True to the Danquah-Busia tradition, in his first post-inauguration speech Kufuor promised his country a "golden age for business" and economic growth through liberal freedoms and the rule of law. One of the most significant early actions of the Kufuor government was to sign up to the Highly Indebted Poor Country (HIPC) initiative of the International Monetary Fund (IMF) and World Bank. This secured a three-and-a-half billion dollars in debt relief, but at the same time it stimulated a tumultuous domestic debate because, for many, Ghana had been demoted from being a star pupil of the International Financial Institutions (IFIs) to a highly indebted country that was at the mercy of the IFIs. Defending the decision, Kufuor argued that "all we have done by opting for the HIPC initiative is that we decided to tell the truth to the nation, which was that Ghana was poor and heavily indebted and could not service its debts," as quoted by Frank Asmah and Godfred Boakye in New African.
The controversy surrounding this important policy turn did not dissipate and the area in which Kufuor lived as president came to be known as the "HIPC Junction." The stringent conditions attached to reforms imposed by the IFIs—such as a 100 percent increase in fuel prices and a 300 percent increase in the price of water and electricity, coupled with the freezing of public sector pay—led to prominent labor actions on the part of nurses, doctors, teachers, and students. Critics of Kufuor's government have suggested that it is "in bed" with the IFIs and that it blindly obeys their directives. In response to such criticism, Kufuor's foreign minister argued that "our position and views as a centrist government happen to coincide on many occasions with the position and views of the IMF/World Bank.…It is much more a meeting of minds," according to Ankomah Baffour in New African.
Kufuor's government established a Truth and Reconciliation Committee (TRC) in May 2002—modelled on those in South Africa and Nigeria—in order to examine abuses under the five military regimes that ruled Ghana since Nkrumah's government was overthrown in 1966. Critics argued that the TRC should have been mandated to examine the entire period of Ghana's independence, because abuses of the type to be considered also occurred during periods of civilian rule, including Busia's government in which Kufuor served. Opposition parties suggested that the entire exercise was a charade and anti-democratic because the NPP sought to use the TRC as a mechanism to discredit and dismantle the opposition, thereby keeping the media spotlight away from Kufuor's Ashanit-dominated government and its controversial economic reforms.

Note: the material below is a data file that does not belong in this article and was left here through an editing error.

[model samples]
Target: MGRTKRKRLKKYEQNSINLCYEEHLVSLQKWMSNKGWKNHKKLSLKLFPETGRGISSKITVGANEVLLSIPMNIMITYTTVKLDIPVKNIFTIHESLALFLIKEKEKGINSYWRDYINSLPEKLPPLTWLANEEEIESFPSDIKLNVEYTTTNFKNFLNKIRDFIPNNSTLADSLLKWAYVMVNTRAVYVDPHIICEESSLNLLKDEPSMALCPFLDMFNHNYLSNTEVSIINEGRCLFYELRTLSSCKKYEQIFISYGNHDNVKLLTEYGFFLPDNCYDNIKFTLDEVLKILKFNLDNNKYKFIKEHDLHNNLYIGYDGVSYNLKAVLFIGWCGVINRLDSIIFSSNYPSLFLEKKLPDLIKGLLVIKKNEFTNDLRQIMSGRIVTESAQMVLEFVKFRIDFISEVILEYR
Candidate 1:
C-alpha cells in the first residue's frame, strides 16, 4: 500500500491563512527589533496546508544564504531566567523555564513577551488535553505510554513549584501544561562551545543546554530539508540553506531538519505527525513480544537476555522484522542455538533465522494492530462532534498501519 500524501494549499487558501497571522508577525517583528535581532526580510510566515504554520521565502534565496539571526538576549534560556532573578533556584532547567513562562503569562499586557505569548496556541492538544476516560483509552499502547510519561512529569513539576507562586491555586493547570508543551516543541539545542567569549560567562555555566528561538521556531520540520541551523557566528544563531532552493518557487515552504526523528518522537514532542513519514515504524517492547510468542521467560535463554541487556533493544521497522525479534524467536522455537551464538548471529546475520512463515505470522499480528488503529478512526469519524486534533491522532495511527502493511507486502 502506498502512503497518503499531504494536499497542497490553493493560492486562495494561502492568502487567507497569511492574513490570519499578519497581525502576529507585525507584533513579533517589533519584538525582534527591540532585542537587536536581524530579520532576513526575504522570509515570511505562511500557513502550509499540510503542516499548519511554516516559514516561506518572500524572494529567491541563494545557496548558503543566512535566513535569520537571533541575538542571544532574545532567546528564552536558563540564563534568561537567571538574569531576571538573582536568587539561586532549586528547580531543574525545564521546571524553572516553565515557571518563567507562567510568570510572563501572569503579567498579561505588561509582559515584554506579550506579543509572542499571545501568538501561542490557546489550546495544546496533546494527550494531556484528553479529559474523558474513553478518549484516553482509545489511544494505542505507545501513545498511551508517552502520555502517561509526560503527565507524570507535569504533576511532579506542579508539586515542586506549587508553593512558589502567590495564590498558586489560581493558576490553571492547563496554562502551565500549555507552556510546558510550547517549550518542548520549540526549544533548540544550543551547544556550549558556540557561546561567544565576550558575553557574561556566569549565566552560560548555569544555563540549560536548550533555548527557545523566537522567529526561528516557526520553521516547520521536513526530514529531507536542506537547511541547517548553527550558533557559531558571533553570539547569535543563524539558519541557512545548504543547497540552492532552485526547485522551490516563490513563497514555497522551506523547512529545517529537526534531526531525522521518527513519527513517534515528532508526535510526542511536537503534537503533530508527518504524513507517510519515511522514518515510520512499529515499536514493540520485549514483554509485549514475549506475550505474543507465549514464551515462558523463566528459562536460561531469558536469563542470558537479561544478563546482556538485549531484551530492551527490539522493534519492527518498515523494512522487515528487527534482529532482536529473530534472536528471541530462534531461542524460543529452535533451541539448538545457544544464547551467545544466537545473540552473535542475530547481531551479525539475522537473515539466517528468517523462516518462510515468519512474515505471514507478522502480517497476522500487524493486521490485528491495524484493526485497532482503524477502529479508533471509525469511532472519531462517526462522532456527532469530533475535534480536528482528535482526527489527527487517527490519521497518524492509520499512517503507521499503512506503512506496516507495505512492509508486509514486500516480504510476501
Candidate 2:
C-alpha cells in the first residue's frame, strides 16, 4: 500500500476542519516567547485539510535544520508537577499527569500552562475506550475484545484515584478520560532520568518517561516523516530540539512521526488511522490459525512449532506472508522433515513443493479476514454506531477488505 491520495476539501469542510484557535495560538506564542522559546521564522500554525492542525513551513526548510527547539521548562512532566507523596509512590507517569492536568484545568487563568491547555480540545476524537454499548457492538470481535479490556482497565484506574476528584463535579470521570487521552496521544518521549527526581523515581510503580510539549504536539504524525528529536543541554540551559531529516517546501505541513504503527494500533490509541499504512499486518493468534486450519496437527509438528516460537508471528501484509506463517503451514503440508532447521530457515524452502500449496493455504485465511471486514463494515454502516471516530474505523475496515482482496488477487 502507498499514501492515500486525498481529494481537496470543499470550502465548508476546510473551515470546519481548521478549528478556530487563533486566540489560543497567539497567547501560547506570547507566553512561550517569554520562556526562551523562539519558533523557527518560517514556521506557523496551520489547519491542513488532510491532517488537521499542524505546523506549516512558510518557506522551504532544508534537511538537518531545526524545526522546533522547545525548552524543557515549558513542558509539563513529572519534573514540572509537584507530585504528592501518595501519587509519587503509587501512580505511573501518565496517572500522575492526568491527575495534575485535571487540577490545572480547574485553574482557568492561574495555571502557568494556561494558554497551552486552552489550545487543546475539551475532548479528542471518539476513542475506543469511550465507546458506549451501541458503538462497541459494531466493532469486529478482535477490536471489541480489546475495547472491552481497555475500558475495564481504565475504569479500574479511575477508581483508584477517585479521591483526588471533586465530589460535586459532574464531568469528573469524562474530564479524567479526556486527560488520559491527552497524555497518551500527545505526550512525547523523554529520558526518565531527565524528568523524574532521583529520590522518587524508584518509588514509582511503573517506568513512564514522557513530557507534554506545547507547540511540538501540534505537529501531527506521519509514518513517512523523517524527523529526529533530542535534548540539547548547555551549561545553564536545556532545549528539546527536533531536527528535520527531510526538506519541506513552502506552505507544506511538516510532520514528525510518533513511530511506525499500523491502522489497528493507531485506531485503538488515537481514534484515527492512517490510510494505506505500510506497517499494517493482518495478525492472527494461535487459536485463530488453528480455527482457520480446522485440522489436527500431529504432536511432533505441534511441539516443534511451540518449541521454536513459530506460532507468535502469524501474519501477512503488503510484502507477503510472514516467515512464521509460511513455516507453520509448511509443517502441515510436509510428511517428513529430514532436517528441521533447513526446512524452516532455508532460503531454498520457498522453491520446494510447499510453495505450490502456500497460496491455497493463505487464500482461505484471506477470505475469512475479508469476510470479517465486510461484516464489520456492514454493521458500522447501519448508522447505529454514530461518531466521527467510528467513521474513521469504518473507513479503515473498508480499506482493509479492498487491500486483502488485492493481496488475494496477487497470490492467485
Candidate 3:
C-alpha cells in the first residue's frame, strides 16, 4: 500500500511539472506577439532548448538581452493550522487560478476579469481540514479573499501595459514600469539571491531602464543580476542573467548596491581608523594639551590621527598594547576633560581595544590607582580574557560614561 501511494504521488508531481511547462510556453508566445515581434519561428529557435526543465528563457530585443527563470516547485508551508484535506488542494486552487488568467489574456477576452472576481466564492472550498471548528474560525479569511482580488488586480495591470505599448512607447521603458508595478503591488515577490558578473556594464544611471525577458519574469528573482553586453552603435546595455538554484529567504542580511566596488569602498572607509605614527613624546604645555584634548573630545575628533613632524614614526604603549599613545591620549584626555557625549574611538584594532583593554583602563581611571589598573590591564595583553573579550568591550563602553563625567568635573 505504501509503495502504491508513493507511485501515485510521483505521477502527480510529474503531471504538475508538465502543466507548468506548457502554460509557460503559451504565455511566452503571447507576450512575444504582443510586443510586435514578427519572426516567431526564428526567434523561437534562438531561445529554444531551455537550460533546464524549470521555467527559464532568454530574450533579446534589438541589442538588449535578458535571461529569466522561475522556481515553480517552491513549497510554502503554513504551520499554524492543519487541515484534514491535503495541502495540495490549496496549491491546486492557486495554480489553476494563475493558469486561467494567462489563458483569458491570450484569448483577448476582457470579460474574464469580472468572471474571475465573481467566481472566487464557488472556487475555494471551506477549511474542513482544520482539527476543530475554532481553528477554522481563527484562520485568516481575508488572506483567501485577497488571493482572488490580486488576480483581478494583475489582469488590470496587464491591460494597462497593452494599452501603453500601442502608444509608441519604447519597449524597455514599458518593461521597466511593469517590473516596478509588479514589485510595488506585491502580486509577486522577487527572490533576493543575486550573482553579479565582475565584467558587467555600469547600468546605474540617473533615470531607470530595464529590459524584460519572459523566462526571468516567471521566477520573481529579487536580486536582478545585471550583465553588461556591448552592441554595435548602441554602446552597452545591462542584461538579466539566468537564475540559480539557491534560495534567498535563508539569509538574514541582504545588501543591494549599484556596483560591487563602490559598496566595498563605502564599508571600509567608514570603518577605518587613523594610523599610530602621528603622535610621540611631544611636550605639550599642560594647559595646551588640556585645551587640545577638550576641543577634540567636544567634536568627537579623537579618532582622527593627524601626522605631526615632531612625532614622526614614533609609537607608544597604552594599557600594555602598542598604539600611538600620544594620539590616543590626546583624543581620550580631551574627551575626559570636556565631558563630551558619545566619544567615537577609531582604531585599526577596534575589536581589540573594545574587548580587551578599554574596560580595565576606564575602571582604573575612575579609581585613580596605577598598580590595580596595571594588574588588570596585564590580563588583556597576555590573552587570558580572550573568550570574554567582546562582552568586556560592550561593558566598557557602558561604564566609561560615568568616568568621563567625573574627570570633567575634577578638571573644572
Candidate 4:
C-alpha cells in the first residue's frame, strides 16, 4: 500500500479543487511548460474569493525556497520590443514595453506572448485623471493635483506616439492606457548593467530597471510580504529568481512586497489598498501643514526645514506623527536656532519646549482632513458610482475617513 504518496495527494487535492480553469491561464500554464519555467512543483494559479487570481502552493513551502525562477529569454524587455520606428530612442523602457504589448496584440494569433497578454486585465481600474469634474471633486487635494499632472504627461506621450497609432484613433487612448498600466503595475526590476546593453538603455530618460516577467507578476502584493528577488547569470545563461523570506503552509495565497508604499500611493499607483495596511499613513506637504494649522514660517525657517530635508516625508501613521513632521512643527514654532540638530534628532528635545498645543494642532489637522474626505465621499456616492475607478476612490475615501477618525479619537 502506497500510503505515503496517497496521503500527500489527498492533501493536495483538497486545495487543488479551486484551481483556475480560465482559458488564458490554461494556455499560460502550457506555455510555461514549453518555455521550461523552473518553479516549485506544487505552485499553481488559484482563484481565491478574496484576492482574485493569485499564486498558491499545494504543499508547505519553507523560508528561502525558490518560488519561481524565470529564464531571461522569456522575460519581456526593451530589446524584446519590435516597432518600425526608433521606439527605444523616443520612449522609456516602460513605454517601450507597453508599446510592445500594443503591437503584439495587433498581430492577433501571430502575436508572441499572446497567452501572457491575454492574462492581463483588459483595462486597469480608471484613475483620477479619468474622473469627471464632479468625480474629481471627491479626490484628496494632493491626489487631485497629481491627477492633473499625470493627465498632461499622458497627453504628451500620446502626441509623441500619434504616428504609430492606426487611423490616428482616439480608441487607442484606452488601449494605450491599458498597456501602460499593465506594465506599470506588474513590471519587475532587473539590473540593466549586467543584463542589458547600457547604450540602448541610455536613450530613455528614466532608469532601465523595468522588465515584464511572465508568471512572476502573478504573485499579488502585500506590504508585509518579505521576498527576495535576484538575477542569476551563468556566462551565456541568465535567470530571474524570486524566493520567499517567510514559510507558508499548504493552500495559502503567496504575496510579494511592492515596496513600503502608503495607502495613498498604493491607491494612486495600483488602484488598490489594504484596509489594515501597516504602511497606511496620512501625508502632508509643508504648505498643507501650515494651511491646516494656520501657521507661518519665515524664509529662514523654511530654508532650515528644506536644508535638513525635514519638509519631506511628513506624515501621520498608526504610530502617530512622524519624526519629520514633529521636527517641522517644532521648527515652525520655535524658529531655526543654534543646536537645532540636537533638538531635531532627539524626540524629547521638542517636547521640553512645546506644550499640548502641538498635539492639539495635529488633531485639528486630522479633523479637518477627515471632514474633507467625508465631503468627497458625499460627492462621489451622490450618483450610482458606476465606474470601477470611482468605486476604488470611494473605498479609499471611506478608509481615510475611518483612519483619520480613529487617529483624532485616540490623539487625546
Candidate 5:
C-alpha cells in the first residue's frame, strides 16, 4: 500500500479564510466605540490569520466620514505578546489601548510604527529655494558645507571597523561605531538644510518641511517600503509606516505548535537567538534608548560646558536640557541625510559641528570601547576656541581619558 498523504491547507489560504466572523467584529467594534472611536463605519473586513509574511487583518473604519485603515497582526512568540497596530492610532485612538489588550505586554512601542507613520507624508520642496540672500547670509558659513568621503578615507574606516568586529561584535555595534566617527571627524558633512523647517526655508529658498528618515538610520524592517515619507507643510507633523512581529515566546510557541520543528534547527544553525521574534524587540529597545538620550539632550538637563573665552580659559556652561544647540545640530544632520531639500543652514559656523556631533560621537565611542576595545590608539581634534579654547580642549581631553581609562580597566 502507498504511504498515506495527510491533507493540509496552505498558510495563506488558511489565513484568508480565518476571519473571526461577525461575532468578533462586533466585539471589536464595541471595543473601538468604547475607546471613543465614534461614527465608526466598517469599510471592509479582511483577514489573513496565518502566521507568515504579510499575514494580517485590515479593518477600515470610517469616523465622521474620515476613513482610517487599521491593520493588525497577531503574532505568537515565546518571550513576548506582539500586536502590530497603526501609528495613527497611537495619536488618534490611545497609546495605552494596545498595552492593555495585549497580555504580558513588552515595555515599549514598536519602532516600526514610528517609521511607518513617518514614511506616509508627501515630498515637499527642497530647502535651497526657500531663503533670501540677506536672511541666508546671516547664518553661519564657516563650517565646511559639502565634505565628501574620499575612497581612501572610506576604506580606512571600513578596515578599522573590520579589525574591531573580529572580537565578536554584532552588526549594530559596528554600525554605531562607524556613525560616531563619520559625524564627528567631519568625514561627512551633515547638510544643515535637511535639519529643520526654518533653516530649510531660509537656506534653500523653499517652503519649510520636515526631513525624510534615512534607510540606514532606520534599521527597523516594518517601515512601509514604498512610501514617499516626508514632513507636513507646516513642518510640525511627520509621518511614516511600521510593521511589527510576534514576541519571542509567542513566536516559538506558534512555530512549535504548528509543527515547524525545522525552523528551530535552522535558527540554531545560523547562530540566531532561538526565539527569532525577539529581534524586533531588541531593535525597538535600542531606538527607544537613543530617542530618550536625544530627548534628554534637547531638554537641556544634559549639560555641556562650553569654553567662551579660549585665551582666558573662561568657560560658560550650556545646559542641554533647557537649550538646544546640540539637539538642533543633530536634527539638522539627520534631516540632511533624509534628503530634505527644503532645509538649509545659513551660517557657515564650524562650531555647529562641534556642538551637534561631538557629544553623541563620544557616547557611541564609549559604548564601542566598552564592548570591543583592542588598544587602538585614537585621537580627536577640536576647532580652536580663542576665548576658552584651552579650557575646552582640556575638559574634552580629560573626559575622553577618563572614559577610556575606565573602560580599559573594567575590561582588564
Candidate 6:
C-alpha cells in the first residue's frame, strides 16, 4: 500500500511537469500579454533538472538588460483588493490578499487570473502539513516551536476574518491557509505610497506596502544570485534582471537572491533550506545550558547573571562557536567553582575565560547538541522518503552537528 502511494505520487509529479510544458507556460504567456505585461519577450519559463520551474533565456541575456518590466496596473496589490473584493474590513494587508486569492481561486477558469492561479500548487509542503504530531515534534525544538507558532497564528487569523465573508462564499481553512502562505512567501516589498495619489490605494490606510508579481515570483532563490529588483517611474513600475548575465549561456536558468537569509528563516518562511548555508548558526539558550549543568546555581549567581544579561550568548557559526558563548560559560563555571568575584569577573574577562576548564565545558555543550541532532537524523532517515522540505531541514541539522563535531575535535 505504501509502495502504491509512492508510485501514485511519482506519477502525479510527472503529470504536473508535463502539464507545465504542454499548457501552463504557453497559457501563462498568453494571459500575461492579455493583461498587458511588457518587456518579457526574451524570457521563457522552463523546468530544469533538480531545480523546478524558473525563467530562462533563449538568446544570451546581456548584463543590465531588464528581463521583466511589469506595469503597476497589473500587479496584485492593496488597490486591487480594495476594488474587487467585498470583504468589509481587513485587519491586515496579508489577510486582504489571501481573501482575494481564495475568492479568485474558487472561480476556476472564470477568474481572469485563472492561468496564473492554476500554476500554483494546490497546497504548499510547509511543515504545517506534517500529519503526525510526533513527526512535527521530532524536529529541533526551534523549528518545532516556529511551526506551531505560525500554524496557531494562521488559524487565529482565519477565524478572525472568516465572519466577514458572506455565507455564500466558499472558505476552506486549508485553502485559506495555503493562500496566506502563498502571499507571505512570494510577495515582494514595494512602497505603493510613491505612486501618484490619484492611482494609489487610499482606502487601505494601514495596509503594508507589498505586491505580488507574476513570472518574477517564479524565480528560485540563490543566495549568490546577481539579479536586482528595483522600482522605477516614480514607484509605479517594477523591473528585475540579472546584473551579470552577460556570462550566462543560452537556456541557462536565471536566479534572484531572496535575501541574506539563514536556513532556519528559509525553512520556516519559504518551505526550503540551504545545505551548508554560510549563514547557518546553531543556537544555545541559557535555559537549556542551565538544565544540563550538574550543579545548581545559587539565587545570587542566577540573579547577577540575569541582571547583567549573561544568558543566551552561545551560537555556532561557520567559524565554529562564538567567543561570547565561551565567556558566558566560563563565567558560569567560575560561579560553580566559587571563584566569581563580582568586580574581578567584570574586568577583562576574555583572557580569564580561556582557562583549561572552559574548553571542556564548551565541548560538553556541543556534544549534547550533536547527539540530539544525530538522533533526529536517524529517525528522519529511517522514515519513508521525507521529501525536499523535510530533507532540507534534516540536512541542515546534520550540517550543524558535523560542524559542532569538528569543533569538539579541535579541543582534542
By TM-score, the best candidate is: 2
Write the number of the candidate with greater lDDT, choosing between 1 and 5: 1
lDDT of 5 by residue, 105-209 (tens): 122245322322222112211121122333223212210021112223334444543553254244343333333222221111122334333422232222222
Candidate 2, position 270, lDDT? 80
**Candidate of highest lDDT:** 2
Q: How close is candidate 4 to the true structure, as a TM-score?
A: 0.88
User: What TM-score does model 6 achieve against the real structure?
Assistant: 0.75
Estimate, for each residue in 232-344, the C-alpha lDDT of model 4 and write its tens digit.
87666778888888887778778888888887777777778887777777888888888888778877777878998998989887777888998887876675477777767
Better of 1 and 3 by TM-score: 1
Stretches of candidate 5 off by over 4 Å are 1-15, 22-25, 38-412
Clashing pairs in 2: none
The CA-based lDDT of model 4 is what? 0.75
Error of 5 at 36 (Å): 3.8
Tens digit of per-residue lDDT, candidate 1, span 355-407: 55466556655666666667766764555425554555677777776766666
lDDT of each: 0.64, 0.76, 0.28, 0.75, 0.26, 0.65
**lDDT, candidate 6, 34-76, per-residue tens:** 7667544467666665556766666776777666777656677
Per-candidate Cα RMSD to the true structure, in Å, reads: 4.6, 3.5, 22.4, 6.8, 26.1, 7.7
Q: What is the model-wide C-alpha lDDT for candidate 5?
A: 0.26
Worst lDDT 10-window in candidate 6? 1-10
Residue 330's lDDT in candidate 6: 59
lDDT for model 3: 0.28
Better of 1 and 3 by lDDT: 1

Kufuor travelled frequently and by August 2005 had visited sixty-three countries during his tenure as president, showing, his supporters suggested, that he had a reliable team which functions whether he is present or not. Two foreign policy decisions that elicited much domestic criticism were his support for the suspension of Zimbabwe's Robert Mugabe from the Organization of African Unity and the signing of an agreement with the United States to grant that country immunity from the International Criminal Court. Nonetheless, Kufuor gained much international support: he placed Ghana at the center of efforts to bring peace and stability to Liberia, he was the first to submit his country to peer review under NEPAD (New Partnership for Africa's Development), and in 2004 was spokesperson for the six African leaders who attended a G8 summit in Georgia. Consequently, he was commonly perceived by the Western powers as one of the new brand of forward-looking leaders of the "African Renaissance."